One of our readings appointed for Easter this year comes from the 25th chapter of the book of the prophet Isaiah:
On this mountain the Lord of hosts will make for all peoples a feast of rich food, a feast of well-aged wines, of rich food filled with marrow, of well-aged wines strained clear. And he will destroy on this mountain the shroud that is cast over all peoples, the sheet that is spread over all nations; he will swallow up death forever.
Isaiah offered an ancient people a very real insight into the world God desires for all God’s children. It is a prophetic image of the kingdom God offers us all. It proclaims the Easter promise of life after death, but it also speaks of the gift of transforming love that can be experienced here and now. So many times in our worship, we read these beautiful passages of scripture that echo the Easter themes of redemption and restoration, but I sometimes wonder if those who hear these words really believe that they have much relevance for the lives we lead today, almost three thousand years later.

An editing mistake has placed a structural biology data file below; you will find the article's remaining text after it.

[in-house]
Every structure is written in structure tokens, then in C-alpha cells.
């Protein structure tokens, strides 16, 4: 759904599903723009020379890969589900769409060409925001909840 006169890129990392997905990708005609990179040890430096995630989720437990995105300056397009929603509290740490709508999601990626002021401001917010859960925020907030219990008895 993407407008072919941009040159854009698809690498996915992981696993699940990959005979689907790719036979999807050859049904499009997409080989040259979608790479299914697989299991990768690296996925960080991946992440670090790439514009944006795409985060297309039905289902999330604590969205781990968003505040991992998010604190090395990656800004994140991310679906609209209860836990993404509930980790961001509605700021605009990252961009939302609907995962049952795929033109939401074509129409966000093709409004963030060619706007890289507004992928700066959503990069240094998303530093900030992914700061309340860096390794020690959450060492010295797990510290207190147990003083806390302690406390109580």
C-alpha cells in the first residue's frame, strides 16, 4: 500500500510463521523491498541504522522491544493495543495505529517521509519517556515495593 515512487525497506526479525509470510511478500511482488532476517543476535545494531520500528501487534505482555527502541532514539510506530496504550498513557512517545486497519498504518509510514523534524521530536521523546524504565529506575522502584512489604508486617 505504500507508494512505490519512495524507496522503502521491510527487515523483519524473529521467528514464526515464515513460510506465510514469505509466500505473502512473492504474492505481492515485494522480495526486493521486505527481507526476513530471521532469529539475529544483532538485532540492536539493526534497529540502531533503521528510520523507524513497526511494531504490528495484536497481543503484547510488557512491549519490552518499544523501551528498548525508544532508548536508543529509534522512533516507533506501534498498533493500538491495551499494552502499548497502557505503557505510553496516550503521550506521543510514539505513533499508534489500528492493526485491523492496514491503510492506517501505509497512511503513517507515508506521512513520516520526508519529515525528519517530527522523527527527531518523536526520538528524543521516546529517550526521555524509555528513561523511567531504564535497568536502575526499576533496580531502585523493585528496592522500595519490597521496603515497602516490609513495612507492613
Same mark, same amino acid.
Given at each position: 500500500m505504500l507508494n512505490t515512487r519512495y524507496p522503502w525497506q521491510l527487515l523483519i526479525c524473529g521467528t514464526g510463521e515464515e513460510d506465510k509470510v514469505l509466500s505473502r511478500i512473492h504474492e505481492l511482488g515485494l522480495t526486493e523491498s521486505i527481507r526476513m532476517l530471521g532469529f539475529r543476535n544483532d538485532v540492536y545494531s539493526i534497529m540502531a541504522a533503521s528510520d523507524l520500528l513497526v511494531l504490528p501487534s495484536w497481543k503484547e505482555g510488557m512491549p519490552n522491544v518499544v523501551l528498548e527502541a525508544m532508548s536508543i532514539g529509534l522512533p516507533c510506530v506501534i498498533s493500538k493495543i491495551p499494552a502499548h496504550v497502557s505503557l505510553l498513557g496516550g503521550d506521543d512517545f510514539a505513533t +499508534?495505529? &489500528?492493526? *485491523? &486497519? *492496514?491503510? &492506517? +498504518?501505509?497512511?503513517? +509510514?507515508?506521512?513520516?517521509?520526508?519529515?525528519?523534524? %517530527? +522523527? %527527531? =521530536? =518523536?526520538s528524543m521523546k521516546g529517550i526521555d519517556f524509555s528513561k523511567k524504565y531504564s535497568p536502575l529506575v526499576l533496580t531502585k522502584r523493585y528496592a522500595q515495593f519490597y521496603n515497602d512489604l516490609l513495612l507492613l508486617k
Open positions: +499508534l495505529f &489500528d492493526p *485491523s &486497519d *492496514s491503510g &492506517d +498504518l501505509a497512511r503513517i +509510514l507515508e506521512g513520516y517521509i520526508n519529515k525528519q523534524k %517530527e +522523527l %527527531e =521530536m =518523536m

Of all the many gifts and blessings that I have received in the course of my work as your bishop, there is no greater gift than the renewed sense of hope and encouragement I have been given for the life and ministry of our church. I believe that our work together over these years has opened our lives and our ministries to embrace more fully God’s transforming love and mission. The signs of renewal and new growth in the Diocese of Niagara are all around us, and for me they breathe new life into these words of Isaiah and into the good news of Christ’s resurrection that we celebrate on Easter Sunday!
The wonderful Lenten meditations that appear in this issue of the Niagara Anglican focus upon Jesus’ Sermon on the Mount, that lifts up those whose lives are characterized by meekness, mercy, purity of heart, peacemaking and a hunger and thirst for what it righteous and just. It pronounces a blessing upon those who have experienced suffering, but who draw courage and strength from their relationship with God in the face of adversity.
I give thanks to God in this Holy season for the privilege I have had to witness the ways in which this life-changing message has found expression in our hearts, in our lives and in our congregations.
May the Easter promise of resurrection joy be experienced in our midst once again this year, and may the Sermon on the Mount continue to inspire us as we seek new leadership and a new vision for the work that lies ahead.
Yours faithfully in the love of the risen Christ,
Bishop Michael Bird